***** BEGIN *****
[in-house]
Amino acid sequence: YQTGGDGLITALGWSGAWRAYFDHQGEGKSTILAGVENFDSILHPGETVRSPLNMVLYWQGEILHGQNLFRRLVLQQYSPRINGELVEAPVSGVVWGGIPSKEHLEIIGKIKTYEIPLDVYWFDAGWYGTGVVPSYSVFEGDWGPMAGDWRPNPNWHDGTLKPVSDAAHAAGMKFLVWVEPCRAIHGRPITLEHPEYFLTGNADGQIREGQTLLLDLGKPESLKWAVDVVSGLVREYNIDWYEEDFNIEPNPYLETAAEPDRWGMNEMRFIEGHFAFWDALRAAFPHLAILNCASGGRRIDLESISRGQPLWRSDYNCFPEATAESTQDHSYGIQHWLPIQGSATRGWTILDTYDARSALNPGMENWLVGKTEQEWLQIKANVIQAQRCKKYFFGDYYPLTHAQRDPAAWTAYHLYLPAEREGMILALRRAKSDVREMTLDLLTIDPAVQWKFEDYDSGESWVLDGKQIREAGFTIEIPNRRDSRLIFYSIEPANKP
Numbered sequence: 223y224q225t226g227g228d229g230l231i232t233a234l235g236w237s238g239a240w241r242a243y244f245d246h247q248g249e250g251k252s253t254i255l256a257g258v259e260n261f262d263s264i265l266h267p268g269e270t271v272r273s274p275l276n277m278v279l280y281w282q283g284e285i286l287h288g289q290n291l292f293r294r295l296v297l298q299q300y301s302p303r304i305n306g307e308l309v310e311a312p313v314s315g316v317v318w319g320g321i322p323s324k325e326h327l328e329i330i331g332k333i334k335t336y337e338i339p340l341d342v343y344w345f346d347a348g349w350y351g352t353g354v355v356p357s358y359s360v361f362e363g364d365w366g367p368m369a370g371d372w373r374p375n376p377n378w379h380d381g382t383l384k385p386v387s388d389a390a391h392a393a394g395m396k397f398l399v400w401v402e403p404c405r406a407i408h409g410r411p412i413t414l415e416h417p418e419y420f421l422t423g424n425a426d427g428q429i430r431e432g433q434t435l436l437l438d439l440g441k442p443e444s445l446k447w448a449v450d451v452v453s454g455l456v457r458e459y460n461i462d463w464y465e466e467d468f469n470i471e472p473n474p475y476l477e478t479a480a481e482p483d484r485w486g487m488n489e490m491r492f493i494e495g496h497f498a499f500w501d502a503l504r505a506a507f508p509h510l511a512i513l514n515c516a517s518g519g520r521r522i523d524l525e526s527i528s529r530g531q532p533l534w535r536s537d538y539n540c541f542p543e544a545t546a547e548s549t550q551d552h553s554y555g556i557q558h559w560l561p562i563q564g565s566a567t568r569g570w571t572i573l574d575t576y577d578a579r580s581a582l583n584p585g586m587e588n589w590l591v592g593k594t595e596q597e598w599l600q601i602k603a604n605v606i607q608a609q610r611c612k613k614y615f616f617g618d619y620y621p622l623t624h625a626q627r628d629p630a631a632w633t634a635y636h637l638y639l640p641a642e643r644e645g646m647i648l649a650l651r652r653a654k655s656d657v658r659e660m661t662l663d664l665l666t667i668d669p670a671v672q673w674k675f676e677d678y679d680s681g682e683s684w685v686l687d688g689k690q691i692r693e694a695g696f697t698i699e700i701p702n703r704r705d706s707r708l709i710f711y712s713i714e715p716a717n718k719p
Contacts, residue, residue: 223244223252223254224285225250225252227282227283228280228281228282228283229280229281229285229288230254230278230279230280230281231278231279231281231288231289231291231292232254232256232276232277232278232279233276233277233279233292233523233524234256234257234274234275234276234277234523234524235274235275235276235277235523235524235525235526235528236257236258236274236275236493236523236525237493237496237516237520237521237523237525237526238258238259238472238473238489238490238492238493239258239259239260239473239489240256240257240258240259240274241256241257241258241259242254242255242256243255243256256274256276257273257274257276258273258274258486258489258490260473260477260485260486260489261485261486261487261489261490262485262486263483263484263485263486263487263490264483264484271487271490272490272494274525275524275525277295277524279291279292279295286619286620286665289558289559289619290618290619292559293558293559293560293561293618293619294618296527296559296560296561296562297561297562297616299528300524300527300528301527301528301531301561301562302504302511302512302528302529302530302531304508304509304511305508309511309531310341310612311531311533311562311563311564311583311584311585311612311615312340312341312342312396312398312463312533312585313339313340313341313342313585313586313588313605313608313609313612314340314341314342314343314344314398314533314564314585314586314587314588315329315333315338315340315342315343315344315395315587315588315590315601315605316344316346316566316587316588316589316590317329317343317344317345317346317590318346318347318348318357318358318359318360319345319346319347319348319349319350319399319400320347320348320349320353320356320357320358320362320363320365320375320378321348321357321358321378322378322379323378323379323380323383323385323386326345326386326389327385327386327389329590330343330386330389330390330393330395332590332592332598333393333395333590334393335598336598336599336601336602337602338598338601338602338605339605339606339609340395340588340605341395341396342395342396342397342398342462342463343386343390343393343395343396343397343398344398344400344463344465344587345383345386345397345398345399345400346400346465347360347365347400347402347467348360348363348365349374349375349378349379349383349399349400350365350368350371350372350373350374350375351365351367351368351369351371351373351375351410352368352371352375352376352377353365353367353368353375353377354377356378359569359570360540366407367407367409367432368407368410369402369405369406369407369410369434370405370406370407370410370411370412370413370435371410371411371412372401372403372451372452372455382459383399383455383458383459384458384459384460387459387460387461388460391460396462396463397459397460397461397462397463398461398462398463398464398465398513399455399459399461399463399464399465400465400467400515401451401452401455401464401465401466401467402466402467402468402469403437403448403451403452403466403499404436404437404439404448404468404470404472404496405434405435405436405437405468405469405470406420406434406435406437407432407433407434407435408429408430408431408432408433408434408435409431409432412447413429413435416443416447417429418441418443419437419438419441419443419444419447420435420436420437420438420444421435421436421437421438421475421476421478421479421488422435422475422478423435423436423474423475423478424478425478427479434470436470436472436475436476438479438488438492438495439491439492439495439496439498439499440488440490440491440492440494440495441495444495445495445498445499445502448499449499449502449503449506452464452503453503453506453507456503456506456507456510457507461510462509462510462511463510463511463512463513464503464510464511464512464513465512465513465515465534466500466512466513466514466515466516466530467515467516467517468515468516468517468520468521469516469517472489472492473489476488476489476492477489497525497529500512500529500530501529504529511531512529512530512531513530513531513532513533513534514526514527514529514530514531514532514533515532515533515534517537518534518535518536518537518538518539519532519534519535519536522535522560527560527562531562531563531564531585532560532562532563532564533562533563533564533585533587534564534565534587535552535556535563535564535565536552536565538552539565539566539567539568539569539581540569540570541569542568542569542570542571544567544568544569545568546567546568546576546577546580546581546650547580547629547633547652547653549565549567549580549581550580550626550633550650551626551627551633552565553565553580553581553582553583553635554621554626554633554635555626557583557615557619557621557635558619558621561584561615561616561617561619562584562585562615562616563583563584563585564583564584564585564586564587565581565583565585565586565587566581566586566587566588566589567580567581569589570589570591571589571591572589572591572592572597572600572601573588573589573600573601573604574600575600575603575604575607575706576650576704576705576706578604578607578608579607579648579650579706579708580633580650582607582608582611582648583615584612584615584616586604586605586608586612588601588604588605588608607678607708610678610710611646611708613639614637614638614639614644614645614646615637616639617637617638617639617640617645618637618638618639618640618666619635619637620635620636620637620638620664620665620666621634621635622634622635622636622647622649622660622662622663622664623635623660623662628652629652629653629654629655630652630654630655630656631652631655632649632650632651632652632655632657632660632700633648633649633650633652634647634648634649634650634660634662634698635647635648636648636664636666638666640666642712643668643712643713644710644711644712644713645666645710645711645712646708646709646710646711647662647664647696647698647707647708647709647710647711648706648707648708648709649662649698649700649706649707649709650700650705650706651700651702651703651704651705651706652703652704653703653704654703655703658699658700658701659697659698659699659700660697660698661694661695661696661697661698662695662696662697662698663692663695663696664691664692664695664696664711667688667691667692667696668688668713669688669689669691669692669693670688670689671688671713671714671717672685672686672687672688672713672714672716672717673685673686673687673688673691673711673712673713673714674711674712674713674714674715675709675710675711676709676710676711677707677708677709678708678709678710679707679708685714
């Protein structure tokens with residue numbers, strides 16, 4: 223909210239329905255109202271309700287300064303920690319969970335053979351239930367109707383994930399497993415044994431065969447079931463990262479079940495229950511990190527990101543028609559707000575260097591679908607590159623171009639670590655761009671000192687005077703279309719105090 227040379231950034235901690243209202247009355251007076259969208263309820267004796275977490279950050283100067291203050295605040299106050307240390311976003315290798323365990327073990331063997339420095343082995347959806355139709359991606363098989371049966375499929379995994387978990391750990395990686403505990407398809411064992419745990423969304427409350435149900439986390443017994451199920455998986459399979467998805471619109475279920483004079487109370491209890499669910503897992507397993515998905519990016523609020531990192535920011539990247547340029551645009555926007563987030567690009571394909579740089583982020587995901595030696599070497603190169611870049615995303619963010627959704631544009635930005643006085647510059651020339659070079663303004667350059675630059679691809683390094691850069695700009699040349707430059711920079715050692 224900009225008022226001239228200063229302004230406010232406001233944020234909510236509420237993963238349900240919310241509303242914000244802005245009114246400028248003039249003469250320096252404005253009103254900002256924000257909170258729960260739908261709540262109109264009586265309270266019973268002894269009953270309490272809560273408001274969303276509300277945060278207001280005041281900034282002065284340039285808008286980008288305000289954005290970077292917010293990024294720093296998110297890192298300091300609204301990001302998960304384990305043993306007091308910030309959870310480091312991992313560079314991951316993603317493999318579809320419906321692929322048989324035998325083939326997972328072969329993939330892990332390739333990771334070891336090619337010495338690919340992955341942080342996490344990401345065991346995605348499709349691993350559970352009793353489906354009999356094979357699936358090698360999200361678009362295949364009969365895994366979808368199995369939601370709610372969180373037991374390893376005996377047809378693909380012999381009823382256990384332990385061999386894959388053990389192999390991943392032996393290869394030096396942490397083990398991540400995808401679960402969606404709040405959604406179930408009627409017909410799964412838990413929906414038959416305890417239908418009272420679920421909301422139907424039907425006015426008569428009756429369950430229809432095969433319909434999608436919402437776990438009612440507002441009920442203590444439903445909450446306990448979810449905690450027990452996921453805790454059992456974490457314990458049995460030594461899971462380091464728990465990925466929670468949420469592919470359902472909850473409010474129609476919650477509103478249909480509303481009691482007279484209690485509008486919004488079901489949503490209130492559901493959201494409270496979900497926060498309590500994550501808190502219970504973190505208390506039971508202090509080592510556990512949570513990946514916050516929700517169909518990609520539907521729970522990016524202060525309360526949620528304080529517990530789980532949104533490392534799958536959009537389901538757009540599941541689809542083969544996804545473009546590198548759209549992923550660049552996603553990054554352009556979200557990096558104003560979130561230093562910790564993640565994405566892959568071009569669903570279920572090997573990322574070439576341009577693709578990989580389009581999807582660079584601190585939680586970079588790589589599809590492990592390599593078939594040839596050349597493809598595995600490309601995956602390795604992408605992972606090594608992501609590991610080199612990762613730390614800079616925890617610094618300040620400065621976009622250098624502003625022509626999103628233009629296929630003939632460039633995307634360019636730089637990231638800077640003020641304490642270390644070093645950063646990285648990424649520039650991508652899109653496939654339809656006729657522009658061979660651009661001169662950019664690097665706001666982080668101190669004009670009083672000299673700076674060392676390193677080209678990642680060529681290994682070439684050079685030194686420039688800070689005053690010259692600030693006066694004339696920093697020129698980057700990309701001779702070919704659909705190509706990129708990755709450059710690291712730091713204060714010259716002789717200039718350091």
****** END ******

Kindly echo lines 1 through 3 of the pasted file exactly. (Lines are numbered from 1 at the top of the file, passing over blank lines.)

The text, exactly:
[in-house]
Amino acid sequence: YQTGGDGLITALGWSGAWRAYFDHQGEGKSTILAGVENFDSILHPGETVRSPLNMVLYWQGEILHGQNLFRRLVLQQYSPRINGELVEAPVSGVVWGGIPSKEHLEIIGKIKTYEIPLDVYWFDAGWYGTGVVPSYSVFEGDWGPMAGDWRPNPNWHDGTLKPVSDAAHAAGMKFLVWVEPCRAIHGRPITLEHPEYFLTGNADGQIREGQTLLLDLGKPESLKWAVDVVSGLVREYNIDWYEEDFNIEPNPYLETAAEPDRWGMNEMRFIEGHFAFWDALRAAFPHLAILNCASGGRRIDLESISRGQPLWRSDYNCFPEATAESTQDHSYGIQHWLPIQGSATRGWTILDTYDARSALNPGMENWLVGKTEQEWLQIKANVIQAQRCKKYFFGDYYPLTHAQRDPAAWTAYHLYLPAEREGMILALRRAKSDVREMTLDLLTIDPAVQWKFEDYDSGESWVLDGKQIREAGFTIEIPNRRDSRLIFYSIEPANKP
Numbered sequence: 223y224q225t226g227g228d229g230l231i232t233a234l235g236w237s238g239a240w241r242a243y244f245d246h247q248g249e250g251k252s253t254i255l256a257g258v259e260n261f262d263s264i265l266h267p268g269e270t271v272r273s274p275l276n277m278v279l280y281w282q283g284e285i286l287h288g289q290n291l292f293r294r295l296v297l298q299q300y301s302p303r304i305n306g307e308l309v310e311a312p313v314s315g316v317v318w319g320g321i322p323s324k325e326h327l328e329i330i331g332k333i334k335t336y337e338i339p340l341d342v343y344w345f346d347a348g349w350y351g352t353g354v355v356p357s358y359s360v361f362e363g364d365w366g367p368m369a370g371d372w373r374p375n376p377n378w379h380d381g382t383l384k385p386v387s388d389a390a391h392a393a394g395m396k397f398l399v400w401v402e403p404c405r406a407i408h409g410r411p412i413t414l415e416h417p418e419y420f421l422t423g424n425a426d427g428q429i430r431e432g433q434t435l436l437l438d439l440g441k442p443e444s445l446k447w448a449v450d451v452v453s454g455l456v457r458e459y460n461i462d463w464y465e466e467d468f469n470i471e472p473n474p475y476l477e478t479a480a481e482p483d484r485w486g487m488n489e490m491r492f493i494e495g496h497f498a499f500w501d502a503l504r505a506a507f508p509h510l511a512i513l514n515c516a517s518g519g520r521r522i523d524l525e526s527i528s529r530g531q532p533l534w535r536s537d538y539n540c541f542p543e544a545t546a547e548s549t550q551d552h553s554y555g556i557q558h559w560l561p562i563q564g565s566a567t568r569g570w571t572i573l574d575t576y577d578a579r580s581a582l583n584p585g586m587e588n589w590l591v592g593k594t595e596q597e598w599l600q601i602k603a604n605v606i607q608a609q610r611c612k613k614y615f616f617g618d619y620y621p622l623t624h625a626q627r628d629p630a631a632w633t634a635y636h637l638y639l640p641a642e643r644e645g646m647i648l649a650l651r652r653a654k655s656d657v658r659e660m661t662l663d664l665l666t667i668d669p670a671v672q673w674k675f676e677d678y679d680s681g682e683s684w685v686l687d688g689k690q691i692r693e694a695g696f697t698i699e700i701p702n703r704r705d706s707r708l709i710f711y712s713i714e715p716a717n718k719p